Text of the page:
Bugesera Reconciliation Village
Bugesera Reconciliation Village, also known as Mbio Reconciliation Village, is an hour’s drive from Kigali City and is home to perpetrators and victims, murderers and survivors, Hutus and Tutsis.
Bugesera has an abundance of water resources, including Lake Luvelu, Lake Kuoha, and the Nyabalongo and Akanyara rivers. High temperatures, on the other hand, make the environment very arid, with dry savannahs, shrubs and small trees, and occasionally drought. As a result, in addition to Kigali International Airport, the Rwandan government is developing an airport in the region.
Many Bugesera villages, such as Nyamata and Ntarama, were involved in the 1994 Hutu and Tutsi genocide, which began in April 1994 when President Habarimanyi’s plane was shot down in Kigali, resulting in massacres and a genocide.
Many of the surviving women were widowed, and many children were forced to live on the streets after losing their parents and relatives. Food crops, orchards, and homes were all destroyed and burned in a systematic manner. The massacre began in early April 1994 and lasted approximately 100 days, ending with the Hutu Power movement’s defeat in mid-July.
There was no longer the comfort of home, no more barely audible weeping widows and orphans, only the victors’ jubilation and the sound of rifle fire. The famine affected survivors’ families because food was no longer available and it became dangerous to move around in search of food. As a result, people sought refuge in the forests and woodlands as starvation and disease spread. The powerful were forced to flee to neighboring countries, while the poor died. Discover the village’s true history, including genocidal murders, tragedies, crimes, and scandals, as well as its current life. The genocide not only claimed lives, but also ruined the lives of countless others. The victims were unable to return to their villages.
Six reconciliation villages, including Mbio, have been established and now house over 400 people. Members of the Bugesera Reconciliation Village include former genocide perpetrators, survivors of genocide who were often victims of the same perpetrators, returnees, and other vulnerable families.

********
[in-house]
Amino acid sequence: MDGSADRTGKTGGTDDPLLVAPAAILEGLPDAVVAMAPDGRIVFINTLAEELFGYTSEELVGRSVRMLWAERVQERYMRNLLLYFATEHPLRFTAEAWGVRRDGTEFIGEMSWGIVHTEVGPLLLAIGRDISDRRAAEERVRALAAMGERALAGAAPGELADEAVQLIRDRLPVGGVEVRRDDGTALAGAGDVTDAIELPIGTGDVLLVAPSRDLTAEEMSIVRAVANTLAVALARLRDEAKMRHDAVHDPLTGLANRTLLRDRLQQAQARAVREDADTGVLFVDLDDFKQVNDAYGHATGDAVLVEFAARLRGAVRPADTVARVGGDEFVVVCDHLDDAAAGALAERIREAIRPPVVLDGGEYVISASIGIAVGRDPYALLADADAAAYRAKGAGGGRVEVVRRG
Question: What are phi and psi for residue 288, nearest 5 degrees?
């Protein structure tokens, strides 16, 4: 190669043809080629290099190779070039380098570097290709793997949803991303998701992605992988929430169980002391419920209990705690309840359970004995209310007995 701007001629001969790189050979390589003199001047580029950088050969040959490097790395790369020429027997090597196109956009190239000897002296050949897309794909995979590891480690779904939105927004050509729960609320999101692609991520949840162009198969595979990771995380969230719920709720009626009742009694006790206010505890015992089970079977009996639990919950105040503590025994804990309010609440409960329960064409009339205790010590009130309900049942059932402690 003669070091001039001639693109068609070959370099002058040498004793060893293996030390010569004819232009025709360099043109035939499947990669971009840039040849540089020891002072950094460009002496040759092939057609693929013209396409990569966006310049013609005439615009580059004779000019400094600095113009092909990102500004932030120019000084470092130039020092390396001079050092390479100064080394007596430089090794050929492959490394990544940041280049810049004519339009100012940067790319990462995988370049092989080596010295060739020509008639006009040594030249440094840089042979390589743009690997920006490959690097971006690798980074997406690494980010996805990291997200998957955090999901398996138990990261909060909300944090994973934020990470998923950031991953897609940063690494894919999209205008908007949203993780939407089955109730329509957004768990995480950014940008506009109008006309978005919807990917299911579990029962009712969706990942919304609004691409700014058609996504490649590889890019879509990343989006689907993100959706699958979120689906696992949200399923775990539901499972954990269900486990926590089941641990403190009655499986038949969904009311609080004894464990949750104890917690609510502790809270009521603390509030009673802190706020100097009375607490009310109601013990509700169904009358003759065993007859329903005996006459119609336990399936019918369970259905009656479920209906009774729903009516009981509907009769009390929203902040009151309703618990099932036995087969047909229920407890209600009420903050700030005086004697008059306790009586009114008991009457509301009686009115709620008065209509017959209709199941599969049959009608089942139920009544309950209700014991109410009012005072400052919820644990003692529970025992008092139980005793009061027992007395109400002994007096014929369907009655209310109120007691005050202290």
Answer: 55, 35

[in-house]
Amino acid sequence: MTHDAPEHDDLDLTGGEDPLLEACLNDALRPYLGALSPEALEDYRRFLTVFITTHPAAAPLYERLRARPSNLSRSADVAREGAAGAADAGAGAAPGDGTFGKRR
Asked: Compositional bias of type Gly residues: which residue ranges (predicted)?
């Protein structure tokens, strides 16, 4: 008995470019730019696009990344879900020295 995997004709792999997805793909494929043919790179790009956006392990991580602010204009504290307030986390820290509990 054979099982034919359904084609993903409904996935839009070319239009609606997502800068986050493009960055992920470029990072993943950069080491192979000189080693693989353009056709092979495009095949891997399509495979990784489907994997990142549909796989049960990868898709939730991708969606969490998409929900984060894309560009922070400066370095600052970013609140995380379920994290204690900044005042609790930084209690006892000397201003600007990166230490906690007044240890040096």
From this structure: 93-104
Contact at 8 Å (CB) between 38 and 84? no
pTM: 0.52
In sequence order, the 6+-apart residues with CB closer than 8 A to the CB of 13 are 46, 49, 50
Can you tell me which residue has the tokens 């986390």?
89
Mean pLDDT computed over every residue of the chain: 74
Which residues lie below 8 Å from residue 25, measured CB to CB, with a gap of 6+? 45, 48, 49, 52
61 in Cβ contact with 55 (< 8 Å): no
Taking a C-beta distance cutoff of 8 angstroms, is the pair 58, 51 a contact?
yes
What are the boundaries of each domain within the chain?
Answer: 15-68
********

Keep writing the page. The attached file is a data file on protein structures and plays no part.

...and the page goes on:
Residents of this settlement, as well as other PF Rwanda-run communities, have moved from forgiveness to reconciliation. Over the years, ex-offenders and genocide survivors have been supported through a process of repentance and forgiveness. Through the confessions of ex-offenders and the willingness of survivors to engage in dialogue, they were able to overcome their painful and painful past and improve their psychological resilience and life situations through group introspection.
A dance chorus of victims and perpetrators, as well as a cooperative, are featured in the film. A guided tour of the Mbio gives you a better understanding of this one-of-a-kind location. The dramatic realism of this area, which stretches between the horrors of genocide and the complex issues of today, will take at least one day to experience.
You will learn about the feelings and experiences of both victims and perpetrators. Actively participating in activities such as farming, interacting with residents, learning to cook and weave, and hosting a party in a reconciliation village will provide you with a true understanding of the land. Rwandan people amaze me with their perseverance, beauty, and love. They make every social interaction a cause for celebration, even with friends who made fun of each other during the turmoil.
Book a Rwanda safari that includes a visit to the Mbio settler village in Bugesera, Rwanda, and enjoy the best of Rwanda’s unique culture and natural beauty with Africa adventure vacations.